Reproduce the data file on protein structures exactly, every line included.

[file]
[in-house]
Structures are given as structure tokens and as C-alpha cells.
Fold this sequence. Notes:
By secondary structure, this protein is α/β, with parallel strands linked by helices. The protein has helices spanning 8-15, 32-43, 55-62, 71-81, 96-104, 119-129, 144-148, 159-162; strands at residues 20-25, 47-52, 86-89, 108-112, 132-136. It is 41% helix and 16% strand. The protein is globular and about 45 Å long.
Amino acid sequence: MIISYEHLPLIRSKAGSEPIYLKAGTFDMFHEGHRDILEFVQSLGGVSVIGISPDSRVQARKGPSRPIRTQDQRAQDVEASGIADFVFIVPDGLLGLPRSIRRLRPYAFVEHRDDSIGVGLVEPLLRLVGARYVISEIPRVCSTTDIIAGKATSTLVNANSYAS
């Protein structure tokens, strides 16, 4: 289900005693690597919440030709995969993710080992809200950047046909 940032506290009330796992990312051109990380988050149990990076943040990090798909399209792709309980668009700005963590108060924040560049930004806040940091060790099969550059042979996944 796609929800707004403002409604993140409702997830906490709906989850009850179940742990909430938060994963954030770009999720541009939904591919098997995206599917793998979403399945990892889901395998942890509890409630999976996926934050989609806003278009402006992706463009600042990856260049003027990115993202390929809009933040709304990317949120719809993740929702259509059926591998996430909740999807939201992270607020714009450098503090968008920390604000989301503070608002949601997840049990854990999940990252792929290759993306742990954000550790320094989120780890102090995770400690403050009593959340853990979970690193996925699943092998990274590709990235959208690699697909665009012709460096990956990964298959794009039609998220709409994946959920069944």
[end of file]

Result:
[in-house]
Structures are given as structure tokens and as C-alpha cells.
Fold this sequence. Notes:
By secondary structure, this protein is α/β, with parallel strands linked by helices. The protein has helices spanning 8-15, 32-43, 55-62, 71-81, 96-104, 119-129, 144-148, 159-162; strands at residues 20-25, 47-52, 86-89, 108-112, 132-136. It is 41% helix and 16% strand. The protein is globular and about 45 Å long.
Amino acid sequence: MIISYEHLPLIRSKAGSEPIYLKAGTFDMFHEGHRDILEFVQSLGGVSVIGISPDSRVQARKGPSRPIRTQDQRAQDVEASGIADFVFIVPDGLLGLPRSIRRLRPYAFVEHRDDSIGVGLVEPLLRLVGARYVISEIPRVCSTTDIIAGKATSTLVNANSYAS
């Protein structure tokens, strides 16, 4: 289900005693690597919440030709995969993710080992809200950047046909 940032506290009330796992990312051109990380988050149990990076943040990090798909399209792709309980668009700005963590108060924040560049930004806040940091060790099969550059042979996944 796609929800707004403002409604993140409702997830906490709906989850009850179940742990909430938060994963954030770009999720541009939904591919098997995206599917793998979403399945990892889901395998942890509890409630999976996926934050989609806003278009402006992706463009600042990856260049003027990115993202390929809009933040709304990317949120719809993740929702259509059926591998996430909740999807939201992270607020714009450098503090968008920390604000989301503070608002949601997840049990854990999940990252792929290759993306742990954000550790320094989120780890102090995770400690403050009593959340853990979970690193996925699943092998990274590709990235959208690699697909665009012709460096990956990964298959794009039609998220709409994946959920069944």